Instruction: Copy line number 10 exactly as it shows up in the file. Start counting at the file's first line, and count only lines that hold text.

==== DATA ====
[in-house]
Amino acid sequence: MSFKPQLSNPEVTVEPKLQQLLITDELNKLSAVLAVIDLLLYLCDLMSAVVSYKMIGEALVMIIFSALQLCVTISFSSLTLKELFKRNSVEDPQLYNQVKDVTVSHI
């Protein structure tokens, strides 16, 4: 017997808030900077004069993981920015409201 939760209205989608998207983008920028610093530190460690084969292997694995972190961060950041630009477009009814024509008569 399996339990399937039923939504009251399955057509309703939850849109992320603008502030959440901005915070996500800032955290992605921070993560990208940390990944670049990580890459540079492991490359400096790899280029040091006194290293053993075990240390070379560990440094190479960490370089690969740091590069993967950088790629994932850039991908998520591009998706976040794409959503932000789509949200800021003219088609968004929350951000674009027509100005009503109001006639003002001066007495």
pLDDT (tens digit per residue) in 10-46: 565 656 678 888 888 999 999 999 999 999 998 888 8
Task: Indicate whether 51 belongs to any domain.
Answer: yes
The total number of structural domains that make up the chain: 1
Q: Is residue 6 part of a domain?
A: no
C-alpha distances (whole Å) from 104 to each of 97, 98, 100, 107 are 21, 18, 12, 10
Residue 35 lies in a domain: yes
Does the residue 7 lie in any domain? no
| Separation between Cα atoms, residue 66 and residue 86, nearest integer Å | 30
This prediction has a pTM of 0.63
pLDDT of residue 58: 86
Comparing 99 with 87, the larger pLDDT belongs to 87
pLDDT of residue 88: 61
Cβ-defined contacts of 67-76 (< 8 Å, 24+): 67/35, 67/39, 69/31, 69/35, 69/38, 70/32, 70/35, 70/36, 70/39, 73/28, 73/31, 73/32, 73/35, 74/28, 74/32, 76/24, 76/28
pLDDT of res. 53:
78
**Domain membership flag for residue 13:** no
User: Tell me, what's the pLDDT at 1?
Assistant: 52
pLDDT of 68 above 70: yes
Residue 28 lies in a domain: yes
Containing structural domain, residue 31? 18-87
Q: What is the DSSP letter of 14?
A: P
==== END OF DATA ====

C-alpha distances (whole Å) from 104 to each of 97, 98, 100, 107 are 21, 18, 12, 10